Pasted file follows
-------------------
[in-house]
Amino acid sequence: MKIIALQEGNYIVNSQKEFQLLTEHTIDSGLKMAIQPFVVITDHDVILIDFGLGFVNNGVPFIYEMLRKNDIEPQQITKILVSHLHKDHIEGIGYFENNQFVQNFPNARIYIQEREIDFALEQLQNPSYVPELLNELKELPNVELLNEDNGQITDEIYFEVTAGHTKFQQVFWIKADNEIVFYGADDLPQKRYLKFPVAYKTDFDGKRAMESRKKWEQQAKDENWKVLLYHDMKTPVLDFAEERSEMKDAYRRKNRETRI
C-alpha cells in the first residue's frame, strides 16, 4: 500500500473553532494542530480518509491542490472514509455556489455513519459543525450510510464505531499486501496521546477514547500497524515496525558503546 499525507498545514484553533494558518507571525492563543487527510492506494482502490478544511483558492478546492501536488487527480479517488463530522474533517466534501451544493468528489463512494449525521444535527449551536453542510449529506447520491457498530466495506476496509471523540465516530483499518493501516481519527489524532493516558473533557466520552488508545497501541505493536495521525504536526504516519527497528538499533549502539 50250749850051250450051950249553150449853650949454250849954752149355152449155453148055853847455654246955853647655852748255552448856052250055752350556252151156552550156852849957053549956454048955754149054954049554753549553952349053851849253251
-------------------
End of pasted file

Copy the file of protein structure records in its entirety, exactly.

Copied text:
[in-house]
Amino acid sequence: MKIIALQEGNYIVNSQKEFQLLTEHTIDSGLKMAIQPFVVITDHDVILIDFGLGFVNNGVPFIYEMLRKNDIEPQQITKILVSHLHKDHIEGIGYFENNQFVQNFPNARIYIQEREIDFALEQLQNPSYVPELLNELKELPNVELLNEDNGQITDEIYFEVTAGHTKFQQVFWIKADNEIVFYGADDLPQKRYLKFPVAYKTDFDGKRAMESRKKWEQQAKDENWKVLLYHDMKTPVLDFAEERSEMKDAYRRKNRETRI
C-alpha cells in the first residue's frame, strides 16, 4: 500500500473553532494542530480518509491542490472514509455556489455513519459543525450510510464505531499486501496521546477514547500497524515496525558503546 499525507498545514484553533494558518507571525492563543487527510492506494482502490478544511483558492478546492501536488487527480479517488463530522474533517466534501451544493468528489463512494449525521444535527449551536453542510449529506447520491457498530466495506476496509471523540465516530483499518493501516481519527489524532493516558473533557466520552488508545497501541505493536495521525504536526504516519527497528538499533549502539 50250749850051250450051950249553150449853650949454250849954752149355152449155453148055853847455654246955853647655852748255552448856052250055752350556252151156552550156852849957053549956454048955754149054954049554753549553952349053851849253251